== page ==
As I sat with Gloria I thought about how she teaches me often and poetically. One day I felt badly because I was not able to speak with her because my cough was too severe. “Lo siento que no puedo hablar contigo. Quiero hablar pero es muy difícil para mi. [I’m sorry I cannot speak with you. I want to but it is difficult].” “No te preocupes [Don’t worry],” she responded, “Escucho a tu corazon [I listen to your heart].” Felled by her eloquence, my eyes welled with tears.

Gloria and I finished our heart-to-heart and she resumed cleaning the house. When Bill arrived home from work, I told him about the conversation. I told him all the loving words Gloria had spoken and how amazed I was that I was able to understand her. Bill, always practical, then asked, “So what days is she going to come to help with cooking?” “I dunno,” I answered, “I missed that part.” He looked at me with his face schrunched up, “You understood everything else but you didn’t understand what day she is coming.” I shrugged my shoulders, “I understood the important part. The day she comes is just a technicality.”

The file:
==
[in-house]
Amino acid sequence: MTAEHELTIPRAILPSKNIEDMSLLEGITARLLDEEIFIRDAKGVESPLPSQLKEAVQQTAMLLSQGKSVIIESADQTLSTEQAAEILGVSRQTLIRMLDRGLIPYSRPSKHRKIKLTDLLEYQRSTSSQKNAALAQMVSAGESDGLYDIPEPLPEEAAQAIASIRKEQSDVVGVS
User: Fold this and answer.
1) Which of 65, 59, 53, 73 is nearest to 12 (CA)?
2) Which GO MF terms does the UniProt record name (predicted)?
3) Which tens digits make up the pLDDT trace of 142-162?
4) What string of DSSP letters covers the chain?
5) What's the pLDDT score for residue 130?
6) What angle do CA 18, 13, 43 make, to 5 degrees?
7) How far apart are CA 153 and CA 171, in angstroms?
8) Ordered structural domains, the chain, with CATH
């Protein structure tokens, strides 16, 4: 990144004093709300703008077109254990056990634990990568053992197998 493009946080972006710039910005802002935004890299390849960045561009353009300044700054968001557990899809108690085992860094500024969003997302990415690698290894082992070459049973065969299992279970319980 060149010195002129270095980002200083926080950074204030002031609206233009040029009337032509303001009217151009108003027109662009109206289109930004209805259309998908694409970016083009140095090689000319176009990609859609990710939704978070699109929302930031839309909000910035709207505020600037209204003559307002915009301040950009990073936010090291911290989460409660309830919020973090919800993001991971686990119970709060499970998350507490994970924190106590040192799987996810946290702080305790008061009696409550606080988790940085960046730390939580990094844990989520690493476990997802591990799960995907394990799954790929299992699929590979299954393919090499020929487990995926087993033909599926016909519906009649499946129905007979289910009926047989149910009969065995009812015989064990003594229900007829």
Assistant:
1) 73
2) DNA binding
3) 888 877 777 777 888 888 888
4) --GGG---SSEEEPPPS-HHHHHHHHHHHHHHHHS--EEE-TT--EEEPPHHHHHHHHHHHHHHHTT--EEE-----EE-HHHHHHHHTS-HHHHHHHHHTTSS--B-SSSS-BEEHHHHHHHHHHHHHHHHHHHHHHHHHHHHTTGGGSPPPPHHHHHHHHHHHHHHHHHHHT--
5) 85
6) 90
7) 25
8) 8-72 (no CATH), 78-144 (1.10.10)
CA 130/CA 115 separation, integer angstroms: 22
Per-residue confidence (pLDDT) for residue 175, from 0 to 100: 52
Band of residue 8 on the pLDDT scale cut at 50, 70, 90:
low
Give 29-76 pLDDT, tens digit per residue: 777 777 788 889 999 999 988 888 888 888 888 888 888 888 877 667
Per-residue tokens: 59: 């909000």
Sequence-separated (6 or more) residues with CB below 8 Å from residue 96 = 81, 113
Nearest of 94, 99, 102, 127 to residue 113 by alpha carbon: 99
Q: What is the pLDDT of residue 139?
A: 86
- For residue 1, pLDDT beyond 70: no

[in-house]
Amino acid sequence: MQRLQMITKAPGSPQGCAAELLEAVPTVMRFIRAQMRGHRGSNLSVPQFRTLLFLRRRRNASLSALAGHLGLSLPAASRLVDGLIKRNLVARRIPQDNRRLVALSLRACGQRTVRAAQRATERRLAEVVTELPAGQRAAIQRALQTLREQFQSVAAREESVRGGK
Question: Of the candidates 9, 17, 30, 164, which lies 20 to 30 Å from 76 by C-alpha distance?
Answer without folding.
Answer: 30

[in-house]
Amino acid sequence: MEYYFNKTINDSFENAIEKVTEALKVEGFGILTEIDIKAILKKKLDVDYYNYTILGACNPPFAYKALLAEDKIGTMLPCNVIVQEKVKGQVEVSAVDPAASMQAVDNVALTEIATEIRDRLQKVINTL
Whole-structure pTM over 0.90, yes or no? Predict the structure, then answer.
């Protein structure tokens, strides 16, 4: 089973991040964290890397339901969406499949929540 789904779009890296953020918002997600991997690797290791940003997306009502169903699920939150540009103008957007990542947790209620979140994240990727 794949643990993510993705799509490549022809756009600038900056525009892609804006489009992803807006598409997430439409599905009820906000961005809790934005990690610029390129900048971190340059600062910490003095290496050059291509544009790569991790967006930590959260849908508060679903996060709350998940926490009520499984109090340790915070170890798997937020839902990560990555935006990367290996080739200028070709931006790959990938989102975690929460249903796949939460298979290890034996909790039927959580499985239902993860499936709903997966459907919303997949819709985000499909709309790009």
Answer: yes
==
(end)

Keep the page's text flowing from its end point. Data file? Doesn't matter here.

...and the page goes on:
Tuesday, August 19, 2008

Sunday in the Park with James

Growing up in a large middle class family in Philadelphia was a serious impediment to obtaining my “own wheels.” My parents not only could not afford a second car for their aging brood, they could not afford the insurance premium increase associated with having an adolescent on the policy. So, I never learned to drive until I was 21. Fortunately, most of my peers shared my predicament, which left us with two options: sponge off the few kids whose parents could afford the luxury or submit to being chauffeured around our parents. I chose to do both.